Tuesday, September 15, 2009

from busy to burnout

I think God might be trying to tell me something. the cover story on seveeral Christian magazines have been about "Running on Empty" and avoiding ministry fatigue. The topic at a recent Senior Pastors' gathering was dealing with burnout. And, a friend recently confessed that he was in a fog with so much ministry.

So, last Sunday evening, I talked briefly with our ministry leaders about burnout. When we "burn the candle at both ends," we're liable to find the flame of ministry eventually snuffed out completely. Through my conversation with other ministry leaders and some research on the topic, I presented the following 10 Symptoms of Ministry Burnout:

1. Longing for “greener grass”-- Desire for a new ministry, new community, or a new church.
2. Dream of escape --Desperately needing to get away. You spend more and more time scanning the Travel section of your newspaper.
3. Anger and cynicism --Conversely, a lack of humor.
4. Increased addictions -- To fill the voids in life, you busy yourself with other distractions. television and Internet are often the worst culprits.
5. Lack of joy in your calling -- You no longer delight in or get excited about successes.
6. Task-orientation -- With an increasing feeling of hopelessness and failure, you begin attending to tasks to “get something done."
7. Loss of creativity and newness -- Your mind shuts down to new ideas and creation.
8. Isolation -- The fear of being exposed causes you to retreat from community.
9. Neglected responsibilities -- What you used to do naturally, you now forget.
10. Unhappy spouse -- Your unhappiness and discontent are mirrored in your mate.

Truth is, we all can experience some of these challenges during the best of times in life. But, when several of these show up in my soul, I need to take inventory to see if I'm about to go down in flames.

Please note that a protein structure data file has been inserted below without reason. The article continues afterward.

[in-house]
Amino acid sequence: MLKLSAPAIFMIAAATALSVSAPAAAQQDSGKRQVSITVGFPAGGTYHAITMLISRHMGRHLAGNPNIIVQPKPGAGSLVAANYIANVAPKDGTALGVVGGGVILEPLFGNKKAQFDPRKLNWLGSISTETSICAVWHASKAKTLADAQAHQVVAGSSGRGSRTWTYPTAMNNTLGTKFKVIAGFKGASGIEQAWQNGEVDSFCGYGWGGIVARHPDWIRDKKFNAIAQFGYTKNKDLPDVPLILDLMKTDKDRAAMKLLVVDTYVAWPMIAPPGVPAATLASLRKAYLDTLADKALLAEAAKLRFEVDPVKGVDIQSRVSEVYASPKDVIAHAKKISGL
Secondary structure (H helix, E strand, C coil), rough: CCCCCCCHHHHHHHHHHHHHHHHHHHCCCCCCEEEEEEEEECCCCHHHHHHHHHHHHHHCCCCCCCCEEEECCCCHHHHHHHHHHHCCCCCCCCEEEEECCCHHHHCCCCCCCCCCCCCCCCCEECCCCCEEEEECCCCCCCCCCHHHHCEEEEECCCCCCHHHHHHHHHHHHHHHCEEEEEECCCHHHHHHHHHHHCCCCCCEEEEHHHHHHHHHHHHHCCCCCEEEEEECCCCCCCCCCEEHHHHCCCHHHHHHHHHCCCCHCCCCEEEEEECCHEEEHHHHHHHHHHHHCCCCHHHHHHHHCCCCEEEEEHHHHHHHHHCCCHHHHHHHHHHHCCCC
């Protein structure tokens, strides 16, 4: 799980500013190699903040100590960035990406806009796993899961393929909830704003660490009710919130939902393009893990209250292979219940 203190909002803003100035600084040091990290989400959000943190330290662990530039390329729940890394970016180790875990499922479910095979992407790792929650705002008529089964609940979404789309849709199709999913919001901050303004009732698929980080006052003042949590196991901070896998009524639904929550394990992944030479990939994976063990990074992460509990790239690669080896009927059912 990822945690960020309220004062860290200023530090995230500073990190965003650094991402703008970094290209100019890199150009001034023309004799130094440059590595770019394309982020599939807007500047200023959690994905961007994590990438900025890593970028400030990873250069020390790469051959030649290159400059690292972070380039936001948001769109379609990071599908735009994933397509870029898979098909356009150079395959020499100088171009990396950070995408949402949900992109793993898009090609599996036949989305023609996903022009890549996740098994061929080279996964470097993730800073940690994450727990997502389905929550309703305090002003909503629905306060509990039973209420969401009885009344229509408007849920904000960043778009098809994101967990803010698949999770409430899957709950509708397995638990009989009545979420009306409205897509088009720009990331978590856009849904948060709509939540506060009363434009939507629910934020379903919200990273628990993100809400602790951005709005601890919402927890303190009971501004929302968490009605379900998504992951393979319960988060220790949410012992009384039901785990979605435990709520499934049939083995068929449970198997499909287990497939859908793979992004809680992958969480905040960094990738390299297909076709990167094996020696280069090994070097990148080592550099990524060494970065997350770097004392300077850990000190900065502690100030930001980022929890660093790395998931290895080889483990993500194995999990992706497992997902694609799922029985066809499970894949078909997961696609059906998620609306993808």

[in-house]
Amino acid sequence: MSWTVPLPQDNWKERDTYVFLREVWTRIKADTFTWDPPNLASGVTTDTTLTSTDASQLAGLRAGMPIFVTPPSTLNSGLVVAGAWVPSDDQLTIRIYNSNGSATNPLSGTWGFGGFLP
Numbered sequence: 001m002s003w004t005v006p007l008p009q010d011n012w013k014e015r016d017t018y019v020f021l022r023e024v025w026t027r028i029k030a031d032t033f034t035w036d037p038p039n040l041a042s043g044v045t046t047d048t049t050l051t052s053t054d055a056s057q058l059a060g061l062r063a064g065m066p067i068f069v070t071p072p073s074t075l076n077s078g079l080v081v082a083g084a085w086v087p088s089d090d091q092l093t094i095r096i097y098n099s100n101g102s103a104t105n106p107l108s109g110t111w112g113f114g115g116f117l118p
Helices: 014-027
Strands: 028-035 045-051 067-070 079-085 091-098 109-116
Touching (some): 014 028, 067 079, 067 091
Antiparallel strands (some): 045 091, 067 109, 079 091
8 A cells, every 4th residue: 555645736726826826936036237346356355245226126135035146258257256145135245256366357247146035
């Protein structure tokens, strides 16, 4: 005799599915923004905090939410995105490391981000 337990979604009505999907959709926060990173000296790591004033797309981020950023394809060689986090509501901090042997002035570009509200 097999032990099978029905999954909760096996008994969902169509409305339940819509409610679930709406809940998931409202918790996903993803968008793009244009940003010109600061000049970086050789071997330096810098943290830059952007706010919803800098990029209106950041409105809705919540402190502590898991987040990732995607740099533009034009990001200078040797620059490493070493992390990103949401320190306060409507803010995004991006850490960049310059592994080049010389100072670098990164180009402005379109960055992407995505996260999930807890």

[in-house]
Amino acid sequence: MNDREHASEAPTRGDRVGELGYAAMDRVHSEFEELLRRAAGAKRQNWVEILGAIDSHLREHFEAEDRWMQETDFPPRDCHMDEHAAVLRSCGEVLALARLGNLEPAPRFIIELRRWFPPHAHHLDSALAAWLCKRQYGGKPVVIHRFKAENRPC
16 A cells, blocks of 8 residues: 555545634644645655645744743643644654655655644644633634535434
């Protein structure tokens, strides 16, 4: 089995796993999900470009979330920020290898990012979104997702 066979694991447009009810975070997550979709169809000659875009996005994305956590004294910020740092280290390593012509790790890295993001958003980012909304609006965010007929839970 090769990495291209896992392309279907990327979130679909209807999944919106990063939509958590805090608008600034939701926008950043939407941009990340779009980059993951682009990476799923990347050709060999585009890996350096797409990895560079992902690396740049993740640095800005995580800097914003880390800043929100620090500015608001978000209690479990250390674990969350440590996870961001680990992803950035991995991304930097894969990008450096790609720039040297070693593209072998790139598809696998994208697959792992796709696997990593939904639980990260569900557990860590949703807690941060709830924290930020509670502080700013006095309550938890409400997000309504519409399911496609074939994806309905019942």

Wednesday, September 9, 2009

fellowship of the unashamed

I recently heard the testimony of a very brave teenage girl who stood resolutely for Christ. On her Facebook page, she posted the following quote originally written by Dr. Bob Moorehead:

I am a part of the fellowship of the Unashamed. I have the Holy Spirit Power. The die has been cast. I have stepped over the line. The decision has been made. I am a disciple of Jesus Christ. I won't look back, let up, slowdown, back away, or be still. My past is redeemed, my present makes sense, and my future is secure.

I am finished and done with low living, sight walking, small planning, smooth knees, colorless dreams, tame visions, mundane talking, chintzy giving, and dwarfed goals. I no longer need preeminence, prosperity, position, promotions, plaudits, or popularity. I don't have to be right, first, tops, recognized, praised, regarded, or rewarded. I now live by presence, learn by faith, love by patience, lift by prayer, and labor by power.

My pace is set, my gait is fast, my goal is Heaven, my road is narrow, my way is rough, my companions few, my Guide is reliable, my mission is clear. I cannot be bought, compromised, deterred, lured away, turned back, diluted,or delayed. I will not flinch in the face of sacrifice, hesitate in the presence of adversity, negotiate at the table of the enemy, ponder at the pool of popularity, or meander in the maze of mediocrity.

I won't give up, back up, let up, or shut up until I've preached up, prayed up, paid up, stored up, and stayed up for the cause of Christ. I am a disciple of Jesus Christ. I must go until He returns, give until I drop, preach until all know, and work until He comes. And when He comes to get His own, He will have no problem recognizing me. My colors will be clear for "I am not ashamed of the Gospel, because it is the power of God for the salvation of everyone who believes." (Romans 1:16)